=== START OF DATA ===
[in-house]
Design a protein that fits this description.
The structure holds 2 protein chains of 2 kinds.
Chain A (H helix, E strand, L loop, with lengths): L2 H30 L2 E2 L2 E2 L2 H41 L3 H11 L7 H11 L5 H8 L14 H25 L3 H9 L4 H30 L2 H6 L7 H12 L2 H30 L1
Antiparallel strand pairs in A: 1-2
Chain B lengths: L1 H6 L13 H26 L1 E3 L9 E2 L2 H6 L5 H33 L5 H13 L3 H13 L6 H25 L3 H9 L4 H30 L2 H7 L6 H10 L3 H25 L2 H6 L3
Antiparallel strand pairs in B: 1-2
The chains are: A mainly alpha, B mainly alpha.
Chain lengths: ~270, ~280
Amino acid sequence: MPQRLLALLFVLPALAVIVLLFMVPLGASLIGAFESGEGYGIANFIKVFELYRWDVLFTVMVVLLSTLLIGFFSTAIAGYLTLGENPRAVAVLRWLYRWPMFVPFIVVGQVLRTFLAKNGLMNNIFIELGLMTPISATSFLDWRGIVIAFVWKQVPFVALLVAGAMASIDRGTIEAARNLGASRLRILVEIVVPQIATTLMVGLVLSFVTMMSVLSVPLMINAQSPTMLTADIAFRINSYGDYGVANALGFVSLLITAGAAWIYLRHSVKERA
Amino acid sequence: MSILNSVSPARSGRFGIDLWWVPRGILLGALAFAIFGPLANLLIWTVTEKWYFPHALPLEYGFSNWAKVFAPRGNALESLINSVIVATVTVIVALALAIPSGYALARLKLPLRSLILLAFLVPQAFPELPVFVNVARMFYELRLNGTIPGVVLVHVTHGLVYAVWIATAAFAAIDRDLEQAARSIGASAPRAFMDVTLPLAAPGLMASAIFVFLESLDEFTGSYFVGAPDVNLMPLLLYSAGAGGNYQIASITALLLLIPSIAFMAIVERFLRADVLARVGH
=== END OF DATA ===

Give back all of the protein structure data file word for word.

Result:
[in-house]
Design a protein that fits this description.
The structure holds 2 protein chains of 2 kinds.
Chain A (H helix, E strand, L loop, with lengths): L2 H30 L2 E2 L2 E2 L2 H41 L3 H11 L7 H11 L5 H8 L14 H25 L3 H9 L4 H30 L2 H6 L7 H12 L2 H30 L1
Antiparallel strand pairs in A: 1-2
Chain B lengths: L1 H6 L13 H26 L1 E3 L9 E2 L2 H6 L5 H33 L5 H13 L3 H13 L6 H25 L3 H9 L4 H30 L2 H7 L6 H10 L3 H25 L2 H6 L3
Antiparallel strand pairs in B: 1-2
The chains are: A mainly alpha, B mainly alpha.
Chain lengths: ~270, ~280
Amino acid sequence: MPQRLLALLFVLPALAVIVLLFMVPLGASLIGAFESGEGYGIANFIKVFELYRWDVLFTVMVVLLSTLLIGFFSTAIAGYLTLGENPRAVAVLRWLYRWPMFVPFIVVGQVLRTFLAKNGLMNNIFIELGLMTPISATSFLDWRGIVIAFVWKQVPFVALLVAGAMASIDRGTIEAARNLGASRLRILVEIVVPQIATTLMVGLVLSFVTMMSVLSVPLMINAQSPTMLTADIAFRINSYGDYGVANALGFVSLLITAGAAWIYLRHSVKERA
Amino acid sequence: MSILNSVSPARSGRFGIDLWWVPRGILLGALAFAIFGPLANLLIWTVTEKWYFPHALPLEYGFSNWAKVFAPRGNALESLINSVIVATVTVIVALALAIPSGYALARLKLPLRSLILLAFLVPQAFPELPVFVNVARMFYELRLNGTIPGVVLVHVTHGLVYAVWIATAAFAAIDRDLEQAARSIGASAPRAFMDVTLPLAAPGLMASAIFVFLESLDEFTGSYFVGAPDVNLMPLLLYSAGAGGNYQIASITALLLLIPSIAFMAIVERFLRADVLARVGH